I certainly send my condolences to the family of the victim.

I haven't seen any photos of the actual accident site, but here is GE's stock photo of the Infinia Hawkeye 4:

I'm wondering just what they mean by "collapsed"...did one of the acquisition heads work loose from its mountings and fall? Was there undue fatigue in some of the fastening hardware? Did the whole darn gantry tip over?

I can't help but be reminded of the on-line argument I had over emergency CD-ROM's and viruses. It was stated (not by me): "If it were to infect an unprotected computer in a nuclear medicine camera gantry, it could lead to crushing and killing a patient, so you should think long and hard before you boldly insert any outside data into your workstation." I certainly DO NOT think this is what happened here.

I guess we will have to wait for more information.

In the meantime, it might be wise to kick the side of any similar device before getting into it.


My good friend Hussein from Kuwait found the FDA recall notice:

Product:  GE Healthcare Quasar Nuclear Medicine System, Hawkeye Option and Hawkeye 4 Option for Dual-Head Variable Angle Gamma Camera. Nuclear Medicine imaging systems. Recall includes all Infinia systems, all configurations.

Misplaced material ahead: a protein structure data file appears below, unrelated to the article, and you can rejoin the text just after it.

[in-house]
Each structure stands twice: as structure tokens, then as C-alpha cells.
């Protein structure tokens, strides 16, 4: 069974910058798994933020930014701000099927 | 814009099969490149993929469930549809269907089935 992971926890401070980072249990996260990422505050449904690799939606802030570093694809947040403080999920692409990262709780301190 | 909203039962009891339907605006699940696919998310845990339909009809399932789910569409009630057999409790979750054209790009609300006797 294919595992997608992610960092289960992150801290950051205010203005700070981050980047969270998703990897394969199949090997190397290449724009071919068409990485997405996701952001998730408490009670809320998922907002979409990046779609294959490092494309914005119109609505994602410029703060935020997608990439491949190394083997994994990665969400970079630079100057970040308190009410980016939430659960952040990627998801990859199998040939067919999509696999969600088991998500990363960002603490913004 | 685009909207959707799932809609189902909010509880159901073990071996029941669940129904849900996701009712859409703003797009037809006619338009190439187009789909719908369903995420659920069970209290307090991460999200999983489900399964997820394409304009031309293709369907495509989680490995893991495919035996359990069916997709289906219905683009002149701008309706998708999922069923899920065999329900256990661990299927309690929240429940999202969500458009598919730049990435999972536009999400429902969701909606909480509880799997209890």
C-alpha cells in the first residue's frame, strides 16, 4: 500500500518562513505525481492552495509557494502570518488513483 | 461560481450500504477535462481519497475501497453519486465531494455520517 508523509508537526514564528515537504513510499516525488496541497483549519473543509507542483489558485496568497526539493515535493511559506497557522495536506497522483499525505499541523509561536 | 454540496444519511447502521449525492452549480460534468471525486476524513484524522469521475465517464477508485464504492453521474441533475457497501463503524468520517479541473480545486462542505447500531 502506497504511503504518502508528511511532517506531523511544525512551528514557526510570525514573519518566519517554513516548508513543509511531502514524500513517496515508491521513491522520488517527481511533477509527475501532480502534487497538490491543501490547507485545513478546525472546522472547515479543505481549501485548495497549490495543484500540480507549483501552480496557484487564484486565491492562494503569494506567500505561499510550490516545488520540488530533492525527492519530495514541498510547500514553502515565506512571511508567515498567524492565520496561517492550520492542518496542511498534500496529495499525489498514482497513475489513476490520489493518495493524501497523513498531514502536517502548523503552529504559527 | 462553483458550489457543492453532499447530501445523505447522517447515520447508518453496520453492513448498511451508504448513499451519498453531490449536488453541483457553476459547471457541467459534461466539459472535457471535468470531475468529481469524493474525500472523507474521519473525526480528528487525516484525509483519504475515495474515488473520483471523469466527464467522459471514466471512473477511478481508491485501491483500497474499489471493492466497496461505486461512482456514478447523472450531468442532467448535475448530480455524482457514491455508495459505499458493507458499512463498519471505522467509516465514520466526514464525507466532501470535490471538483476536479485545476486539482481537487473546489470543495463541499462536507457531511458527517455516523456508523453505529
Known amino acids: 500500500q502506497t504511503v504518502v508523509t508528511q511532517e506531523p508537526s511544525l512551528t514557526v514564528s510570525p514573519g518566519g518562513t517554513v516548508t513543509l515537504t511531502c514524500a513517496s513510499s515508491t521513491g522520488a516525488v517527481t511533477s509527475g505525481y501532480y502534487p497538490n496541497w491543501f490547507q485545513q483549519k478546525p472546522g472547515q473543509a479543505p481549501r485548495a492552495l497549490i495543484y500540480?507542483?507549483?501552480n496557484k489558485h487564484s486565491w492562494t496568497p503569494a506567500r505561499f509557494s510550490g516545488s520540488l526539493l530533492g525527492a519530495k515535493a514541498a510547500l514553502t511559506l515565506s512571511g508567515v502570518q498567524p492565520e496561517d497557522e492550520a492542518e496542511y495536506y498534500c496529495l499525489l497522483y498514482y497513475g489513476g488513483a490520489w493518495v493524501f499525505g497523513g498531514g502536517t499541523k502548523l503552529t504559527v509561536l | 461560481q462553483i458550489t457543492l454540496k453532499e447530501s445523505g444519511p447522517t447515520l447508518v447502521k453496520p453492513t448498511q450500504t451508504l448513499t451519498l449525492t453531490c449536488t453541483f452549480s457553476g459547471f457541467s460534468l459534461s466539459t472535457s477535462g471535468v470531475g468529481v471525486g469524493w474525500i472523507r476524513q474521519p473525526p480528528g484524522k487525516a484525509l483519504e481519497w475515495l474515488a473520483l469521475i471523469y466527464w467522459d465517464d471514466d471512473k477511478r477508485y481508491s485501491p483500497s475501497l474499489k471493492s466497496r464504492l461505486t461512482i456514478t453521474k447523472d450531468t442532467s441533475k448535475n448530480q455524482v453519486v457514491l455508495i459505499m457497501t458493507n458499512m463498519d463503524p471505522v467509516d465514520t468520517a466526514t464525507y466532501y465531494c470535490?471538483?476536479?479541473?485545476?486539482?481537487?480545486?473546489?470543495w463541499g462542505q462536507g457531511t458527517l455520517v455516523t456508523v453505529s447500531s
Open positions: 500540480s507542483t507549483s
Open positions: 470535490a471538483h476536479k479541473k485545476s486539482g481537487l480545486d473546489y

Reason for Recall: Accelerated fatigue of the lateral axis motion subsystem of the Infinia Computed Emission Tomography System could result in mechanical failure causing the detector to slide; may impact patient and operators.
Sounds like this is a pretty wide recall. Time for new cameras all around!


It was pointed out to me by the editors of AuntMinnie that the date of the recall was:
Date PostedApril 10, 2013
Uh oh......

Friday, June 07, 2013

NEWS FLASH! TeraRecon Drops Taylor!

Earlier this week, the Board of Directors of TeraRecon has decided to take a new direction, releasing longtime President Robert Taylor, Ph.D., according to several of my sources with a few of Tera's larger customers.

Dr. Taylor's bio on the TeraRecon site has been purged, but here is the cached version: